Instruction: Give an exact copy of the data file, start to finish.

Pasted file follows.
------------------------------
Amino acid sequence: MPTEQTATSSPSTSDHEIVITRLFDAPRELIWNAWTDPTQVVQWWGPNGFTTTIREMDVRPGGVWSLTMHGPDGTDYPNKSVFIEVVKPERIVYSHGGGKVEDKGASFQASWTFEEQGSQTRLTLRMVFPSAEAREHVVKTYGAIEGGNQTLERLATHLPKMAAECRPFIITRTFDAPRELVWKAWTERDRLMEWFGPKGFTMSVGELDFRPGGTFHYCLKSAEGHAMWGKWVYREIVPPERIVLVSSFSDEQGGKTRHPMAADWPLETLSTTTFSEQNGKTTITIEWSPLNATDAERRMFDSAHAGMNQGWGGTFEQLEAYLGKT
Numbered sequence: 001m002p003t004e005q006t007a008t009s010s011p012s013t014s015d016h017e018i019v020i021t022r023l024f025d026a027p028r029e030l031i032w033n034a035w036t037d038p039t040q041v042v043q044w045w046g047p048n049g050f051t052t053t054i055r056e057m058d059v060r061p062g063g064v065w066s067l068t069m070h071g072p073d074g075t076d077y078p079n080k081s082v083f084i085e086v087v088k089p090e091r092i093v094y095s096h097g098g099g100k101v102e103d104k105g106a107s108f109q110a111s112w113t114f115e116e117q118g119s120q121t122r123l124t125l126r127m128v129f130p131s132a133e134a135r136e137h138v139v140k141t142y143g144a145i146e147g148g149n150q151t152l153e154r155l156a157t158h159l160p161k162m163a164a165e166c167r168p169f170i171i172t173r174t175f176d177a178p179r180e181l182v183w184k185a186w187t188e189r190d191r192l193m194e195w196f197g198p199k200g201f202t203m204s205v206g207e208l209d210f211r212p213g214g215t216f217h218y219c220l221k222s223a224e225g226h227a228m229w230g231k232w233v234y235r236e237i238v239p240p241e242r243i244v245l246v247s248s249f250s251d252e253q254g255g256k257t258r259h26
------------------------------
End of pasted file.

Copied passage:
Amino acid sequence: MPTEQTATSSPSTSDHEIVITRLFDAPRELIWNAWTDPTQVVQWWGPNGFTTTIREMDVRPGGVWSLTMHGPDGTDYPNKSVFIEVVKPERIVYSHGGGKVEDKGASFQASWTFEEQGSQTRLTLRMVFPSAEAREHVVKTYGAIEGGNQTLERLATHLPKMAAECRPFIITRTFDAPRELVWKAWTERDRLMEWFGPKGFTMSVGELDFRPGGTFHYCLKSAEGHAMWGKWVYREIVPPERIVLVSSFSDEQGGKTRHPMAADWPLETLSTTTFSEQNGKTTITIEWSPLNATDAERRMFDSAHAGMNQGWGGTFEQLEAYLGKT
Numbered sequence: 001m002p003t004e005q006t007a008t009s010s011p012s013t014s015d016h017e018i019v020i021t022r023l024f025d026a027p028r029e030l031i032w033n034a035w036t037d038p039t040q041v042v043q044w045w046g047p048n049g050f051t052t053t054i055r056e057m058d059v060r061p062g063g064v065w066s067l068t069m070h071g072p073d074g075t076d077y078p079n080k081s082v083f084i085e086v087v088k089p090e091r092i093v094y095s096h097g098g099g100k101v102e103d104k105g106a107s108f109q110a111s112w113t114f115e116e117q118g119s120q121t122r123l124t125l126r127m128v129f130p131s132a133e134a135r136e137h138v139v140k141t142y143g144a145i146e147g148g149n150q151t152l153e154r155l156a157t158h159l160p161k162m163a164a165e166c167r168p169f170i171i172t173r174t175f176d177a178p179r180e181l182v183w184k185a186w187t188e189r190d191r192l193m194e195w196f197g198p199k200g201f202t203m204s205v206g207e208l209d210f211r212p213g214g215t216f217h218y219c220l221k222s223a224e225g226h227a228m229w230g231k232w233v234y235r236e237i238v239p240p241e242r243i244v245l246v247s248s249f250s251d252e253q254g255g256k257t258r259h26